Ofsted’s “deep dives” into the curriculum have focused on reading and mathematics, but reports show inspectors are scrutinising subjects outside their expertise.

Schools Week’s analysis of the 55 inspection reports published so far show they focused on maths in 50 schools and reading in 46.

However, some lead inspectors are not listed on the Ofsted website as having the relevant subject knowledge.

For example, David Selby led an inspection that covered reading, maths and history at Wray with Botton Endowed Primary School in Lancashire. His Ofsted pen portrait shows he has expertise in science.

Lucy English, who is listed as having expertise in English and maths, led an inspection of Lyminster Primary School in West Sussex that focused on maths, science, art and music.

Heather Phillips, who the Ofsted website says specialises in primary science, led an inspection at John Wheeldon Primary Academy, in Stafford where deep dives included English, reading and writing, maths and PE.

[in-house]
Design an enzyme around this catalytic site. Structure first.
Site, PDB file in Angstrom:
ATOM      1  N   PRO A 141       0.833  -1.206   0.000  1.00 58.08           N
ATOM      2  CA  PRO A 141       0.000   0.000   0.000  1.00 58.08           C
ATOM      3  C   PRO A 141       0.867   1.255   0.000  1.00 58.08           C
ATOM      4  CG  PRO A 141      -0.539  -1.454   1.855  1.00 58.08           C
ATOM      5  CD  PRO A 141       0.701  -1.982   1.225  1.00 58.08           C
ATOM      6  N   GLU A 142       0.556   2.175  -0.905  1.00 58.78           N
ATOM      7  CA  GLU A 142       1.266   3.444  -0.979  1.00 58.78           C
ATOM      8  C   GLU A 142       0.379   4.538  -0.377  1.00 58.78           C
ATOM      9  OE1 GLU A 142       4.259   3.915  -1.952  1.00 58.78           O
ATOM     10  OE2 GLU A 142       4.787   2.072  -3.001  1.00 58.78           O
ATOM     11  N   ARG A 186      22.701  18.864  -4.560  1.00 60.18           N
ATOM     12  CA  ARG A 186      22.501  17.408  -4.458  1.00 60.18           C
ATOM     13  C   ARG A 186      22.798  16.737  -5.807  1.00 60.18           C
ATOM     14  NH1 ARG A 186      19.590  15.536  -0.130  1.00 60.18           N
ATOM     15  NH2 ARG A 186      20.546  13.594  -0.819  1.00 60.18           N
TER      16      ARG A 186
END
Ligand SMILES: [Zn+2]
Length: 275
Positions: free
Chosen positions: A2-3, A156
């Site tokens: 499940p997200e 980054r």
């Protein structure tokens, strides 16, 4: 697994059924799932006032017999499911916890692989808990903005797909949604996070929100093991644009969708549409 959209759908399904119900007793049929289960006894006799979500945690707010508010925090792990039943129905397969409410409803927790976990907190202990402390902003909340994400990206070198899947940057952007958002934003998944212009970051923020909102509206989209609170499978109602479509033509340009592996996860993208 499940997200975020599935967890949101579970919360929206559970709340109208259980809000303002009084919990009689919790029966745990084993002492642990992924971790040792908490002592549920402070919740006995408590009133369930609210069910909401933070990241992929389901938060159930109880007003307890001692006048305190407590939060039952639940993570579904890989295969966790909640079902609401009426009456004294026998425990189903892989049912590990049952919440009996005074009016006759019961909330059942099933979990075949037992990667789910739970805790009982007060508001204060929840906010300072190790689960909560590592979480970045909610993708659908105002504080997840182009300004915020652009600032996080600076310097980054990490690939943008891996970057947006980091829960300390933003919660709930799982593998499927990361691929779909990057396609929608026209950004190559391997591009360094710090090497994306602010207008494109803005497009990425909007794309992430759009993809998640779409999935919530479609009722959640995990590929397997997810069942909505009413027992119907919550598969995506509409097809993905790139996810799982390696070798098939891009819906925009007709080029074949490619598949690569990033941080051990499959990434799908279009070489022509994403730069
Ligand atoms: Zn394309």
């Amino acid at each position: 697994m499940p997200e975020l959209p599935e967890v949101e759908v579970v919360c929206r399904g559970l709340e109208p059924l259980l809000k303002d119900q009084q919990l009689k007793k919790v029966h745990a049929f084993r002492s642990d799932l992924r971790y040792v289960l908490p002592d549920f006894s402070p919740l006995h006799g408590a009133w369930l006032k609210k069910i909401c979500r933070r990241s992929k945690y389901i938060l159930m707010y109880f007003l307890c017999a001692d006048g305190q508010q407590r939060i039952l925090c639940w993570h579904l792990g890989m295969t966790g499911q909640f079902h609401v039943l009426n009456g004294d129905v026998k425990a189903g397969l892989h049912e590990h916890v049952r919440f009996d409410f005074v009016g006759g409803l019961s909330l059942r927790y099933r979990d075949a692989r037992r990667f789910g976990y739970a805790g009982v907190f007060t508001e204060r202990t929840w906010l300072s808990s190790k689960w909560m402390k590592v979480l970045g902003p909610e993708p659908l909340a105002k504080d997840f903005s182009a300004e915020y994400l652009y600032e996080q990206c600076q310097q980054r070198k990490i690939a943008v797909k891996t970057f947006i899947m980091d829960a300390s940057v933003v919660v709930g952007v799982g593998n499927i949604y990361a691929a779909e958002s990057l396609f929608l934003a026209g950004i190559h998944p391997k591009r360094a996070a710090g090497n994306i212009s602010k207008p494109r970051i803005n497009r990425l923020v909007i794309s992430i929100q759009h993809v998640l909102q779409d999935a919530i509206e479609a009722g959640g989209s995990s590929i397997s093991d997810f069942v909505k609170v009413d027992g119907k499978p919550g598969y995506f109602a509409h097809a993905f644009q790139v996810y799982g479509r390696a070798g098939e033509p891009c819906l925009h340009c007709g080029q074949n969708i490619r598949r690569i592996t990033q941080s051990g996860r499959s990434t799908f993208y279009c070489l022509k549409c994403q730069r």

Ofsted research into its own inspection methods, published in June, showed inspectors without relevant subject knowledge were less reliable assessing curriculum, teaching methods and workbooks at secondary level.

Mary Bousted, the joint general secretary of the National Education Union, warned deep dives were “a lottery”, with many inspectors “simply unqualified” to examine the subjects.

Paul Whiteman, the general secretary of the National Association of Head Teachers, said predictions over “harmful inconsistencies” have proved “accurate”, adding Ofsted should be “open about any problems and work at a fast pace to put them right”.

But a spokesperson for Ofsted said “extensive curriculum training over the past two years” meant inspectors were “well equipped to make judgments about the quality of the curriculum without specialist knowledge of every subject”.